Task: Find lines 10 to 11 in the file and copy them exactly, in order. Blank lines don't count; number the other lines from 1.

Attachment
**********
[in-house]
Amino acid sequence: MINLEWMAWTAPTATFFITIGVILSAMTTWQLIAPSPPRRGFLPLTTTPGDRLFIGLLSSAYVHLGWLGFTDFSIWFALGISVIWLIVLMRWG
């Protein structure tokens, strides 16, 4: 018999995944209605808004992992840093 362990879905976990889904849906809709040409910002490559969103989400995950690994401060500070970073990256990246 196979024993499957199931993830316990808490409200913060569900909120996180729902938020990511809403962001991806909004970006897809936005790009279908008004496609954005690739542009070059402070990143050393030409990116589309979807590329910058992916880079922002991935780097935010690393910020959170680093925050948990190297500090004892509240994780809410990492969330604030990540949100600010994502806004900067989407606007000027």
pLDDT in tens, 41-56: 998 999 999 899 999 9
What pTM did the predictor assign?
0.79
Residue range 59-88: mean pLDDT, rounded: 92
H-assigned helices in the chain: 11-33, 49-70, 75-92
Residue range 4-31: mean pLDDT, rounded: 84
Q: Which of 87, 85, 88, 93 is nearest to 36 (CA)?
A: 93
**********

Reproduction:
Q: Which of 87, 85, 88, 93 is nearest to 36 (CA)?
A: 93